Ralph was going on, with his eyes bent to the trail, when suddenly his brother caught him by the arm, bringing him to a halt. In silence Dan pointed to the opposite side of the creek, at a distance a hundred feet farther up the water-course.
"It's Hank Stiger, the half-breed!" burst in a low tone from Ralph's lips. "And see, he is tying my deer fast to his pony."
"You are right, Ralph."
"I'm not going to let him get away in this fashion!" went on the younger lad, excitedly. "He's got to give up that meat, or I'm going to know the reason why."
"Don't be rash. Hank Stiger is a bad man to deal with."
"Are you going to let him go without doing anything?" demanded Ralph. "I'm sure you wouldn't if it was your deer!" he added, bitterly.
"No, we'll talk to him and put our claim as strongly as we can. But be careful, that's all."
With this caution Dan ran along the bank of the creek until he reached the ford where the half-breed had crossed. He went over, with Ralph at his heels and both boys were within easy speaking distance of Hank Stiger before the latter discovered them.
"Hi there, Stiger! what are you doing with that deer?" demanded Dan, as he came closer, with his gun in both hands across his breast.
At the sound of the boy's voice the half-breed turned quickly and his repulsive reddish-brown face fell sullenly. He was a short, stocky fellow, with a tangled head of hair and wolfish eyes which betrayed the Comanche blood that flowed in his veins from his mother's side.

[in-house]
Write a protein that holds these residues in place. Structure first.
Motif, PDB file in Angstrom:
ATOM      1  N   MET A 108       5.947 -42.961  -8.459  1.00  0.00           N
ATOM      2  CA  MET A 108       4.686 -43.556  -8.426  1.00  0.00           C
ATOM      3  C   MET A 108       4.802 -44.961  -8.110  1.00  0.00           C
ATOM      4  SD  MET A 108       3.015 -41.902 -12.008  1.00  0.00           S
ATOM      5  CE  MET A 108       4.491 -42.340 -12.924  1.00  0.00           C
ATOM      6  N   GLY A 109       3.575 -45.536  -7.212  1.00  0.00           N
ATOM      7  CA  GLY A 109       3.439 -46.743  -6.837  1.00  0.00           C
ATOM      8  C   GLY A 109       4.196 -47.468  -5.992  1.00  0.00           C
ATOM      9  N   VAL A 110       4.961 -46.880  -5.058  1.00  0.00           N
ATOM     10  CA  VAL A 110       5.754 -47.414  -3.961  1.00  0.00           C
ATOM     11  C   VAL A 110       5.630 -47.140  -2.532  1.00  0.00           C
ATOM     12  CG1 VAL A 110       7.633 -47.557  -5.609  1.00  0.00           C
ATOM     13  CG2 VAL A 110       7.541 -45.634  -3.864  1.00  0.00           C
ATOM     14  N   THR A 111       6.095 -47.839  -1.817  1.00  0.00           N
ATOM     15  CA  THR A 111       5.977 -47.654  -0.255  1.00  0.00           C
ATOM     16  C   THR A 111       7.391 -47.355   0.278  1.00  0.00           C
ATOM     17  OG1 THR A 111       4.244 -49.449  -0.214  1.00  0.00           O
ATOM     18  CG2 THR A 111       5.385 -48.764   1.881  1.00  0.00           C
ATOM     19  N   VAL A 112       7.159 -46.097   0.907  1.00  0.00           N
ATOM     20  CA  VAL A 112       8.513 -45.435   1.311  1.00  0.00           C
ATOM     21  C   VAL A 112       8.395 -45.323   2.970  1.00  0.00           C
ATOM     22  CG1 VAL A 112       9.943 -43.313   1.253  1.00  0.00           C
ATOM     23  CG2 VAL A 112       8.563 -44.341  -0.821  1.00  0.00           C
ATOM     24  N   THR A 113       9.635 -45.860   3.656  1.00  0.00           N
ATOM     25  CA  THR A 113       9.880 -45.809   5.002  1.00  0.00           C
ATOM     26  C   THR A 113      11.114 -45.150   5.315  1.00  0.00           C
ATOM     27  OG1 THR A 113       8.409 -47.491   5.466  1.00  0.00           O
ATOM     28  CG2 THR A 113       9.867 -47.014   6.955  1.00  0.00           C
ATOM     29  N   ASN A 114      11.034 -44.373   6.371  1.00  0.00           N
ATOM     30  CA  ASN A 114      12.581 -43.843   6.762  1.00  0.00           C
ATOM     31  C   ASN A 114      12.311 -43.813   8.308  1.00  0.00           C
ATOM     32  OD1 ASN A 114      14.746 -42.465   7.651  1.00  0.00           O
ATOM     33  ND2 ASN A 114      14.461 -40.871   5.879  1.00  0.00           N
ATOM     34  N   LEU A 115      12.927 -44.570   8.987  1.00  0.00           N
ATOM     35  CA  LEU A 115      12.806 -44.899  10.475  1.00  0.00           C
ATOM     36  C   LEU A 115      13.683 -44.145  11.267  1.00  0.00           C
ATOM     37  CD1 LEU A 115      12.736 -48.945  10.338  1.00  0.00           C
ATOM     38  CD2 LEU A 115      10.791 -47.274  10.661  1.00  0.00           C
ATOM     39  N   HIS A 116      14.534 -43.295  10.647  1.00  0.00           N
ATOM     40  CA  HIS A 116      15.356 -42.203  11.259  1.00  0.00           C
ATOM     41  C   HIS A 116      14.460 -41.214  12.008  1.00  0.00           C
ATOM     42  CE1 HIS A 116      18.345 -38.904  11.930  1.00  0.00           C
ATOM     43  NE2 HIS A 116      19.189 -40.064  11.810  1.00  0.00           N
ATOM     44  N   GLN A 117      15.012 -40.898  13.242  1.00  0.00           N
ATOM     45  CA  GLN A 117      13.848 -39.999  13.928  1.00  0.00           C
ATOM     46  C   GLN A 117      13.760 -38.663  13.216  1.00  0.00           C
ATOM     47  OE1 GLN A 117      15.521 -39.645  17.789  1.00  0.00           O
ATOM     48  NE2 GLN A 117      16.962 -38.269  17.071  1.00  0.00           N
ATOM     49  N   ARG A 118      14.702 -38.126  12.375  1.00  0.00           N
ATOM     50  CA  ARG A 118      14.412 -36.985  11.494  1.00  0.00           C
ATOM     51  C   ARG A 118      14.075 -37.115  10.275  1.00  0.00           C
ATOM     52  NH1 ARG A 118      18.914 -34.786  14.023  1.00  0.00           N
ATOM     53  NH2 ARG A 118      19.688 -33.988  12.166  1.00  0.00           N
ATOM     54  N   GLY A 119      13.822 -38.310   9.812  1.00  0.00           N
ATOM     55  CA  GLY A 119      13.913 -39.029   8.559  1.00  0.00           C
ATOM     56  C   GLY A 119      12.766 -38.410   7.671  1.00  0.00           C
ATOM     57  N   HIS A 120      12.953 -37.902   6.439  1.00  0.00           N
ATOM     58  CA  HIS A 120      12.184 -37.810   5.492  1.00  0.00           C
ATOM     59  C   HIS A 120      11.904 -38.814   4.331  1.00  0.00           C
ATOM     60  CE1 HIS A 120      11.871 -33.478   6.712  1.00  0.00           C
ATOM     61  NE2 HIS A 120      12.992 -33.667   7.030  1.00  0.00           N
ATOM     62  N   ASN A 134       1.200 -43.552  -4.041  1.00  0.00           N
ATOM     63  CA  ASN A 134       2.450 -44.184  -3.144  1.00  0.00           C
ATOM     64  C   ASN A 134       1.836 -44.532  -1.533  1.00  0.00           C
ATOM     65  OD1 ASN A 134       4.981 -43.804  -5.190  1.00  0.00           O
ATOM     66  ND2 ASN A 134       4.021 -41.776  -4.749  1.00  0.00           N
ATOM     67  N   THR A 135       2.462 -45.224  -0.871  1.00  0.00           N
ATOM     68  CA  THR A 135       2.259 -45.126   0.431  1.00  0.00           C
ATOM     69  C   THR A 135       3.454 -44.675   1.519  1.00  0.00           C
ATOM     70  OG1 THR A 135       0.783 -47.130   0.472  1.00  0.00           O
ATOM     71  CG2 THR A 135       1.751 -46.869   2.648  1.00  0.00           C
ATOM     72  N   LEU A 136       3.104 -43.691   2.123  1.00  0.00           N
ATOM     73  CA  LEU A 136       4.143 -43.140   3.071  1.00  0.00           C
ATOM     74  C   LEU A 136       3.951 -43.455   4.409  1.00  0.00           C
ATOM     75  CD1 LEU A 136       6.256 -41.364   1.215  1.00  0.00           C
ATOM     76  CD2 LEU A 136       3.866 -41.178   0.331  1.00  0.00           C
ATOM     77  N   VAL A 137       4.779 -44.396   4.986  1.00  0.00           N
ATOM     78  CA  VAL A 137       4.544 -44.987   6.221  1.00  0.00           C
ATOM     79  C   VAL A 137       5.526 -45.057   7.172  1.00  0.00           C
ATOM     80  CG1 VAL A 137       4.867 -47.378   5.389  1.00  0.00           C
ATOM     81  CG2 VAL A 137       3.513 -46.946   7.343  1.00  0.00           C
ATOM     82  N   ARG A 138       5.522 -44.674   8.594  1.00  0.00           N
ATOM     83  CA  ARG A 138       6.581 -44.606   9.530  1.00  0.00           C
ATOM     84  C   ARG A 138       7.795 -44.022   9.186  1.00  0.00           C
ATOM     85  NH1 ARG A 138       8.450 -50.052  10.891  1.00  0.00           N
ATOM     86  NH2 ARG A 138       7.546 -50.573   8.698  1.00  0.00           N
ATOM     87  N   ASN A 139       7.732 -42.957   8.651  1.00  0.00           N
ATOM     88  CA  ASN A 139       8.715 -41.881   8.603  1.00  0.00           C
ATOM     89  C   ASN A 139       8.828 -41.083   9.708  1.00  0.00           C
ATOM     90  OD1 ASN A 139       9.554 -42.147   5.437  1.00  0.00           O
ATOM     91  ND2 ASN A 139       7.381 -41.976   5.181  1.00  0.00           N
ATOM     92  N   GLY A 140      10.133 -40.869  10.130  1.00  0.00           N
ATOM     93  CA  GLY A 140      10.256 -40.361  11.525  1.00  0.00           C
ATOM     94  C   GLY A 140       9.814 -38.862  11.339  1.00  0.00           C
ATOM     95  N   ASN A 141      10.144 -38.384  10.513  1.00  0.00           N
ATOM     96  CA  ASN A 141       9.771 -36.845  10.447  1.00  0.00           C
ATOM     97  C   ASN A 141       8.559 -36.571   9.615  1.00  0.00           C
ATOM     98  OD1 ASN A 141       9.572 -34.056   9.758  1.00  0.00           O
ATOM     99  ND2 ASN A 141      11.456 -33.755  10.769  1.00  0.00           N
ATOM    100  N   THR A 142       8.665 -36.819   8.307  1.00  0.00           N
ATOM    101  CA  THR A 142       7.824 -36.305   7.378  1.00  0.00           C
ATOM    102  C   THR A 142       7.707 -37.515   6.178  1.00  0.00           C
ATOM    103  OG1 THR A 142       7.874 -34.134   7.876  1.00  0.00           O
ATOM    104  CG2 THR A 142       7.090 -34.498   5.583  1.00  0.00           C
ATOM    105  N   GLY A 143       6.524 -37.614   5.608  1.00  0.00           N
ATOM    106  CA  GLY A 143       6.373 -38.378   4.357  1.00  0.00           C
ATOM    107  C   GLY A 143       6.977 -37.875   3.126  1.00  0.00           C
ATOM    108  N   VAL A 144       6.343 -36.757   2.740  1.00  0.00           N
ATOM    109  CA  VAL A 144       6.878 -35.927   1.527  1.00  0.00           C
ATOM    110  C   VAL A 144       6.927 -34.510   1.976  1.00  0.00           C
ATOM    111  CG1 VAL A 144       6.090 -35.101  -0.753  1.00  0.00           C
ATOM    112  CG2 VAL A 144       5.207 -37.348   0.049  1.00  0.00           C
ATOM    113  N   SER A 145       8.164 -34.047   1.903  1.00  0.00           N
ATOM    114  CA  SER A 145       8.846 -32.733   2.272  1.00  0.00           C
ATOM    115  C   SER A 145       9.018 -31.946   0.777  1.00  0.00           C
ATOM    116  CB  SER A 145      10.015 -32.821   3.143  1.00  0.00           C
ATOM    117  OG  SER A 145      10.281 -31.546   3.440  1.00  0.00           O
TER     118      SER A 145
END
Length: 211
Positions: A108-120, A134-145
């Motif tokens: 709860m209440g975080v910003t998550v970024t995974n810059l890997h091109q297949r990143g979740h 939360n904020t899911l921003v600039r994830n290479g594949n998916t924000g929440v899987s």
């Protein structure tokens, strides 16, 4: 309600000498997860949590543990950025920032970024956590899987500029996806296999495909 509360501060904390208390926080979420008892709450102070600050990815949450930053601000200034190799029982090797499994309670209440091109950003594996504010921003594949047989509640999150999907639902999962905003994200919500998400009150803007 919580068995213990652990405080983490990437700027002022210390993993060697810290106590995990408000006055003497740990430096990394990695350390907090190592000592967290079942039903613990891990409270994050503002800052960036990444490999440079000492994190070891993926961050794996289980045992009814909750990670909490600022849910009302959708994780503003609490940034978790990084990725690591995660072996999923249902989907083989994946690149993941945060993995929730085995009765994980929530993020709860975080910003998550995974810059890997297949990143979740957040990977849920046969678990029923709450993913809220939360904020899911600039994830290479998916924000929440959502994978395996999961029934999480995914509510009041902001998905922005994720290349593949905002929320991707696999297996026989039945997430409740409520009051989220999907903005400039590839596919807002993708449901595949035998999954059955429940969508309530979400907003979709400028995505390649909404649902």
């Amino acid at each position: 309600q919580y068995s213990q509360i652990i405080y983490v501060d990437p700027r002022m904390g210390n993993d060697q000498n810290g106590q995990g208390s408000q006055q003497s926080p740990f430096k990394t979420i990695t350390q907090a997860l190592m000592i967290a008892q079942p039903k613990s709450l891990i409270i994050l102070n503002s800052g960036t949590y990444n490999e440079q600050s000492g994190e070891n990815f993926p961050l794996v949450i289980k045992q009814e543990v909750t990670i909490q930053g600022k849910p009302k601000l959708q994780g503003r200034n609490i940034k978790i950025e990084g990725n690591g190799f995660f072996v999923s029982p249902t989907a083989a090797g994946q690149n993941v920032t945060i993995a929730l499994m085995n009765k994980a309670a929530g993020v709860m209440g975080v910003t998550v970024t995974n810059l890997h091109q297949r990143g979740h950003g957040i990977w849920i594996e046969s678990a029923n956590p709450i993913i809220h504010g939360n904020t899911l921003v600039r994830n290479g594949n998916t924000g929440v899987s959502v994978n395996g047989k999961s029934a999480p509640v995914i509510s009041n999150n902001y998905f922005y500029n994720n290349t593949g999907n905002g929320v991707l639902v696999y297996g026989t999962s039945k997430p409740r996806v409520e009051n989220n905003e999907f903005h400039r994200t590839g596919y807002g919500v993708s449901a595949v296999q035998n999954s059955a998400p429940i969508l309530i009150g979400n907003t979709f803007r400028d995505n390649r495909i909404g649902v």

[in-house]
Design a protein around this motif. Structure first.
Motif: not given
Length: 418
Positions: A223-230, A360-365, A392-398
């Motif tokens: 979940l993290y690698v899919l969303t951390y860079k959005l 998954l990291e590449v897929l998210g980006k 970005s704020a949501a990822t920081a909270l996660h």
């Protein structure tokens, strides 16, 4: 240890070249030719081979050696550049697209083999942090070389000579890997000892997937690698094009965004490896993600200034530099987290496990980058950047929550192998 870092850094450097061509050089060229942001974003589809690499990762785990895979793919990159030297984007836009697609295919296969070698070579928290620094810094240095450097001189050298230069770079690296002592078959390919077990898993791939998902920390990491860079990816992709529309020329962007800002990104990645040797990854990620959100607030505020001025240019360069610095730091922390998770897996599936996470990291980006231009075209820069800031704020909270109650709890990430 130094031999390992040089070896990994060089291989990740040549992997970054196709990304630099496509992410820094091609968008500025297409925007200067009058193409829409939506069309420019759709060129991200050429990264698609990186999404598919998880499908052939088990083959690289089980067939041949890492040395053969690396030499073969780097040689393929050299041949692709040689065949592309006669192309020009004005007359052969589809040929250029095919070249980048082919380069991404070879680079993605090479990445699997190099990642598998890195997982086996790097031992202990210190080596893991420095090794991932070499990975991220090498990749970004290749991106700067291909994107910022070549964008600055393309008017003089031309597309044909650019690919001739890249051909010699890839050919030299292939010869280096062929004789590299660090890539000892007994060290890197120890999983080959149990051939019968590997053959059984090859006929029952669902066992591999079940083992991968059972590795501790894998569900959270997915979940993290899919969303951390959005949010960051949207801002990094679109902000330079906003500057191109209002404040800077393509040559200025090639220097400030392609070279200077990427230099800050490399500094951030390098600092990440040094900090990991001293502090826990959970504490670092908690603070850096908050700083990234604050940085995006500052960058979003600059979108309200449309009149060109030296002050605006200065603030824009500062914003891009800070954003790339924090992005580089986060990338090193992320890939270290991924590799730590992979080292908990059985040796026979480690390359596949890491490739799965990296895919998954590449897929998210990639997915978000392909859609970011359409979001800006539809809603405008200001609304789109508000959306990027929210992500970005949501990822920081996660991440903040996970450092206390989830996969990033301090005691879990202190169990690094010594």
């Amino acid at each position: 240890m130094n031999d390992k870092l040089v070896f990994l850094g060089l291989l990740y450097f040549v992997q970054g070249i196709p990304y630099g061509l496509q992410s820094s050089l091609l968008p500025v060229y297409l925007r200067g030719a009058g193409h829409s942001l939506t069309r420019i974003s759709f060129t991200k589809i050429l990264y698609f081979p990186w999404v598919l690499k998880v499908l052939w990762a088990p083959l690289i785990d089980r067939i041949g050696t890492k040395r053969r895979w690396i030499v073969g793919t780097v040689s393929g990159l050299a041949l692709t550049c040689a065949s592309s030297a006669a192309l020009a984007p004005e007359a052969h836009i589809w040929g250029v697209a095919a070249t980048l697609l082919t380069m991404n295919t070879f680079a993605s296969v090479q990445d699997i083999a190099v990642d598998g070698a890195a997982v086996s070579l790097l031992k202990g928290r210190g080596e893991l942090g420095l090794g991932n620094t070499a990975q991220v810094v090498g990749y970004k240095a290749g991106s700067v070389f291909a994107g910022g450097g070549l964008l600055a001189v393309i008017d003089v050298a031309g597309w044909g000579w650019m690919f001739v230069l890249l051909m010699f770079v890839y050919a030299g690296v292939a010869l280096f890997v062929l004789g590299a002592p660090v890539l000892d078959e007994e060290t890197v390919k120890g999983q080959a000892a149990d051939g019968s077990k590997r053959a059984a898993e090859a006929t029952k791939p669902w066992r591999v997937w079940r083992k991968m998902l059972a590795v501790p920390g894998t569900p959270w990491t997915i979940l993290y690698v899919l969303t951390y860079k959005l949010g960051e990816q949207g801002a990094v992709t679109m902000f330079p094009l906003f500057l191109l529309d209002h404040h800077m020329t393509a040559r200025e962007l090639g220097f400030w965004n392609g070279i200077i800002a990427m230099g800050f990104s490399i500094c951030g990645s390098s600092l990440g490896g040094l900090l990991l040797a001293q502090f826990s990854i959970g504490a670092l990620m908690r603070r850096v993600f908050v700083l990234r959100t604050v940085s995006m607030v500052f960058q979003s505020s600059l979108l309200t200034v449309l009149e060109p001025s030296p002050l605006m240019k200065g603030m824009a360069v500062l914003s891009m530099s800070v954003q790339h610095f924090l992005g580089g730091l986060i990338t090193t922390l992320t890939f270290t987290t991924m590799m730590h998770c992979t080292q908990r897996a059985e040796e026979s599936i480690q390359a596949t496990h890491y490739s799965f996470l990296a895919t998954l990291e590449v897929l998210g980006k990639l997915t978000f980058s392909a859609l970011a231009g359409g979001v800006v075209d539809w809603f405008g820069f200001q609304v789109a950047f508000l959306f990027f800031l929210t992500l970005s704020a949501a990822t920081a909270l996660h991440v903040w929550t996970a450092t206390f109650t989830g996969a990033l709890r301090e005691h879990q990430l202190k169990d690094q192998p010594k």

"Who are you?" demanded the man, hardly knowing what to say, so completely had he been taken by surprise.
"I am Dan Radbury, as you know very well. This is my brother Ralph, and he shot the deer you are carrying off."
"Not much!" ejaculated the half-breed. "I brung that deer down myself—shot him through the neck."
"It's not so!" burst out Ralph. "The deer is mine, I brought him down over in the pecan grove on the river."
"Why, youngster, you're dead wrong, I tell you. I shot this deer right down thar on this creek, two hours ago. He limped off after I hit him, but I followed the trail easily and found him in the pecan grove, dead from whar I had struck him in the neck."
This cool answer almost took Ralph's breath away from him. "It was I struck him in the neck, Hank Stiger, and the deer belongs to me, and you sha'n't bluff me out of my meat, either."
"Hush, Ralph, don't be so headstrong," remonstrated Dan, in low tones. "You'll gain a good bit more by keeping cool."
At Ralph's words the half-breed let out a rough, unnatural laugh.
"Boy, you must be daft, to tell me I don't know when I bring down a deer. The deer is mine, and if you shot at him you wasted your powder, that's all."So speaking, Hank Stiger swung himself on the back of his mustang, which little beast looked all
"'YOU SHA'N'T LEAVE THIS SPOT UNTIL YOU GIVE UP THAT DEER, AND THAT S ALL THERE IS TO IT!'" out of proportion to the deer and man mounted on him. His gun was slung over his shoulder, and there he allowed it to remain while he gathered up the reins and urged his pony forward.
Ralph was white. As told before, he was but a boy of eight, yet his life on the frontier had given him the appearance of being ten or more. Rushing in front of the mustang, he raised his gun and pointed the muzzle at Stiger's head.
"Stop where you are!" he cried, commandingly. "You sha'n't leave this spot until you give up that deer, and that's all there is to it!"